Stripe (pattern)  

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Kunstformen der Natur (1904) by Ernst Haeckel
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Kunstformen der Natur (1904) by Ernst Haeckel

A stripe is a line or band that differs in color or tone from an adjacent area. Stripes are a group of such lines.

As a pattern (more than one stripe together), stripes are commonly seen in nature, food, emblems, clothing, and elsewhere.

Two-toned stripes inherently draw one's attention, and as such are used to signal hazards. They are used in road signs, barricade tape, and thresholds.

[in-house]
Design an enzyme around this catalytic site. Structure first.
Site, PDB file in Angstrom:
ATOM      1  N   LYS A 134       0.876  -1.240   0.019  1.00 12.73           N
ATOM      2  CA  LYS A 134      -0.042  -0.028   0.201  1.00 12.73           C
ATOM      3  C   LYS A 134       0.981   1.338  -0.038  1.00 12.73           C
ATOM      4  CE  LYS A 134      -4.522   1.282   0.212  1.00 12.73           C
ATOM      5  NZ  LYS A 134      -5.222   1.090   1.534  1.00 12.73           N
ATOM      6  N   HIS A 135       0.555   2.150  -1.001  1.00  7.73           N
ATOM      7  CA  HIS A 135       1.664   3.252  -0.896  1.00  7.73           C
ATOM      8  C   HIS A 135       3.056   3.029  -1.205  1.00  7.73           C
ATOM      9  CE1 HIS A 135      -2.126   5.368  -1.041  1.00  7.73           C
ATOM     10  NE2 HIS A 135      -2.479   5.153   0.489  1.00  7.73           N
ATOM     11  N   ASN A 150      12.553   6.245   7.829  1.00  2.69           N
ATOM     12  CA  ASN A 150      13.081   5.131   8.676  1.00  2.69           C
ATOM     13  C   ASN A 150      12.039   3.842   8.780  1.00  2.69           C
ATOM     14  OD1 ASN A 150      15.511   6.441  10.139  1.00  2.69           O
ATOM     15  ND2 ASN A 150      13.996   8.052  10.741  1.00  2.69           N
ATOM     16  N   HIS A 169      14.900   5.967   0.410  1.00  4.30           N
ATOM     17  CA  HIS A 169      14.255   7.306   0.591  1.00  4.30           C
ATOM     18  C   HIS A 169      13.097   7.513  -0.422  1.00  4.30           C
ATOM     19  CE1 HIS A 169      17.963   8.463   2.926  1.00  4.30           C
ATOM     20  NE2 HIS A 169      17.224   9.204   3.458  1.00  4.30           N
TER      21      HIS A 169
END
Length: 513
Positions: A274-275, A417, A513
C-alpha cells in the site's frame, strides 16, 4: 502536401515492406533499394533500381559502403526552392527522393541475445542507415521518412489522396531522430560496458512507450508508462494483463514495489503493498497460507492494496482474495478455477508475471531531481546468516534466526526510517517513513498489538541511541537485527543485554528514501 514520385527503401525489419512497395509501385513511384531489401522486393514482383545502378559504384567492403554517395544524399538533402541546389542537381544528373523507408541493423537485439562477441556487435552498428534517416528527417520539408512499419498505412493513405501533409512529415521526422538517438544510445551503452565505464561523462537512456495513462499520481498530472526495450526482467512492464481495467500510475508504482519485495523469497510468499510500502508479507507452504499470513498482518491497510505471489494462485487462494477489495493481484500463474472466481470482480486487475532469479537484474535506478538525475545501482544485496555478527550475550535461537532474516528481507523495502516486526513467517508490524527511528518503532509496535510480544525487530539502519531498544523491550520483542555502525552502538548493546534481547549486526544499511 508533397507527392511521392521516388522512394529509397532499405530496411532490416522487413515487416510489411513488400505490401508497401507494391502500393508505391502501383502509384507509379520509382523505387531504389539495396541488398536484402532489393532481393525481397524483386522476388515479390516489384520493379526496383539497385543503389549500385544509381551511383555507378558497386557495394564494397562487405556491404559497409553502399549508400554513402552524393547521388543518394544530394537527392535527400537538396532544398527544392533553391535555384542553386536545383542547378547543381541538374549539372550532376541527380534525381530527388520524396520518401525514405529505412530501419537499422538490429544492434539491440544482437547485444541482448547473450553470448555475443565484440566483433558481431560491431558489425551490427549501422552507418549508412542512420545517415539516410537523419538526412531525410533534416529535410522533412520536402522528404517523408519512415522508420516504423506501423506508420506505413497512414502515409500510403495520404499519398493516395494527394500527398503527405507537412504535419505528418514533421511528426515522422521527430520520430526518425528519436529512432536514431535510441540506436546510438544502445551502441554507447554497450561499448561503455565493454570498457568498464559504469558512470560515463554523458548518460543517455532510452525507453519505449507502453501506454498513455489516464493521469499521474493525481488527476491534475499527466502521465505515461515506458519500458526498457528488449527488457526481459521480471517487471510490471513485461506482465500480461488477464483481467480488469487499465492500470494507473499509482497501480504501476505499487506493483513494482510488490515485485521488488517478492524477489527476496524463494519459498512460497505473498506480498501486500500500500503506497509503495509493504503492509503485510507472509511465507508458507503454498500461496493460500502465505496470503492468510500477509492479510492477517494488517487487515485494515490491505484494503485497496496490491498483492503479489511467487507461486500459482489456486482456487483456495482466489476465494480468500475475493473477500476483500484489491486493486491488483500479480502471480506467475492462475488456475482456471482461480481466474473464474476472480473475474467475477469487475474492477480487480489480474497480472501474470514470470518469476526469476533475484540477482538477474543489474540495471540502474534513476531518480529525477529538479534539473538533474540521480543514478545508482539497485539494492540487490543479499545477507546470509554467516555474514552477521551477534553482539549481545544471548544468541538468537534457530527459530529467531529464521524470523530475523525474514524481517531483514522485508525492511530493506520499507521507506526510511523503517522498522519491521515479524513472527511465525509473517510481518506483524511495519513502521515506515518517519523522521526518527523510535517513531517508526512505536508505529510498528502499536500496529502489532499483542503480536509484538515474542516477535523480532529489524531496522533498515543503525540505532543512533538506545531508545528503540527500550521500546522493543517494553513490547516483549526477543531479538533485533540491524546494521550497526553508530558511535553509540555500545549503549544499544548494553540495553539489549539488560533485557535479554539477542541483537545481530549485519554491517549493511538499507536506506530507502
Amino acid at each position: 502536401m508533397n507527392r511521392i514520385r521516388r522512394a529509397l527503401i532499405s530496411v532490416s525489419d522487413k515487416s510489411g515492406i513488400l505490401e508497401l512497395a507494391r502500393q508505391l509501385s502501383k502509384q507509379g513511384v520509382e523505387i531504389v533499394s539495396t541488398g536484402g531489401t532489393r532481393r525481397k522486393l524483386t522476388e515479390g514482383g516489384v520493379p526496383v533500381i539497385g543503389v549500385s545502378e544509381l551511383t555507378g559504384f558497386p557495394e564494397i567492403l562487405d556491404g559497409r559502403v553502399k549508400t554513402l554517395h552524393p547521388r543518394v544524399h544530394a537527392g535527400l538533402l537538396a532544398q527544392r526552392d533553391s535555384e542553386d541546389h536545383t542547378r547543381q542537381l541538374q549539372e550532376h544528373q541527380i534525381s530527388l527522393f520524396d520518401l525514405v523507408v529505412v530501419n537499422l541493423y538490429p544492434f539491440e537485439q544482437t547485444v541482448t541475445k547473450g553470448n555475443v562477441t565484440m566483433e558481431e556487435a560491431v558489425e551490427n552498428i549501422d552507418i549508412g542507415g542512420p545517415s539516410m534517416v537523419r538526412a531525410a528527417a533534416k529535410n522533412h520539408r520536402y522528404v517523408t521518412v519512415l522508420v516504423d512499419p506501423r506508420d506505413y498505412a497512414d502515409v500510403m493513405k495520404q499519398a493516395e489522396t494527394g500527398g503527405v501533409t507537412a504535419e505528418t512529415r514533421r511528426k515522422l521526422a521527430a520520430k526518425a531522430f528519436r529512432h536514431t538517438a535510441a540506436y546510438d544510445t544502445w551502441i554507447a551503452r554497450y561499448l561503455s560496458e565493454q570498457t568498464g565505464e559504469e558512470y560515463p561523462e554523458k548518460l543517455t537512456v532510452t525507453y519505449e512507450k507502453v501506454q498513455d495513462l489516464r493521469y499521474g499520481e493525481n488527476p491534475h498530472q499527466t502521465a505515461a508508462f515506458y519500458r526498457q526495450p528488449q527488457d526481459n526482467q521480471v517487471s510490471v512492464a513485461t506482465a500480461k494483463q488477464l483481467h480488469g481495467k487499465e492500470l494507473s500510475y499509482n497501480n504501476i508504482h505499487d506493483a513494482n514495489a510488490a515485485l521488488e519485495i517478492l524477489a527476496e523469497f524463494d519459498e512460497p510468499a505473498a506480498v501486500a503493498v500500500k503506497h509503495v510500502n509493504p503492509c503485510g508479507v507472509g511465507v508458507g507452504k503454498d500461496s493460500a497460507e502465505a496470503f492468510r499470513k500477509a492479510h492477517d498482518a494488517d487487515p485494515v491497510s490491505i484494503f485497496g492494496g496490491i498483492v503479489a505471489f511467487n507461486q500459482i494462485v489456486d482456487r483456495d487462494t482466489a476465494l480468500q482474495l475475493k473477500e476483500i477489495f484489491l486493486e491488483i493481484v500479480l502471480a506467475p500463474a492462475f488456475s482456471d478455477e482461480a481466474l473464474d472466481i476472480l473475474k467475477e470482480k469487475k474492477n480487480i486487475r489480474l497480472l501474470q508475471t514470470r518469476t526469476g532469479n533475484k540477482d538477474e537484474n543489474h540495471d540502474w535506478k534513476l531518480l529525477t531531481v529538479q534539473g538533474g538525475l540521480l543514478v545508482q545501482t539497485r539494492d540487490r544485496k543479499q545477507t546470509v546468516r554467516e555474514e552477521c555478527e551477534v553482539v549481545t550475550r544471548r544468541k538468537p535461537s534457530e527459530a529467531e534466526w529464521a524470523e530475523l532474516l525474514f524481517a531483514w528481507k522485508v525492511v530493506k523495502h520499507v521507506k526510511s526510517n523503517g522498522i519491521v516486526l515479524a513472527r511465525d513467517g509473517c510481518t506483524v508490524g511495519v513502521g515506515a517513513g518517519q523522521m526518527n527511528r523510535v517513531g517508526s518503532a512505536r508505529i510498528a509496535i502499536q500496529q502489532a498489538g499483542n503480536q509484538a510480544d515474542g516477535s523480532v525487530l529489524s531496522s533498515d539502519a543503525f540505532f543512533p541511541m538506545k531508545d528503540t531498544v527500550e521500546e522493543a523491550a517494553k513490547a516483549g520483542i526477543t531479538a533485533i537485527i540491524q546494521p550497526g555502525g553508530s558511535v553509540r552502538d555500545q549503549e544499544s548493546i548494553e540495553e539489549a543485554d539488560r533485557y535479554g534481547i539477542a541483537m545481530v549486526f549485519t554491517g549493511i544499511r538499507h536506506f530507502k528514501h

In nature, as with the zebra, stripes may have developed through natural selection to produce motion dazzle.

Stripes may give appeal to certain foods. One example is the candy cane.

For hundreds of years, stripes have been used in clothing. Striped clothing has frequently had negative symbolism in Western cultures. Historian Michel Pastoureau explores the cultural history of these design decisions in the book, The Devil's Cloth.

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Unless indicated otherwise, the text in this article is either based on Wikipedia article "Stripe (pattern)" or another language Wikipedia page thereof used under the terms of the GNU Free Documentation License; or on original research by Jahsonic and friends. See Art and Popular Culture's copyright notice.

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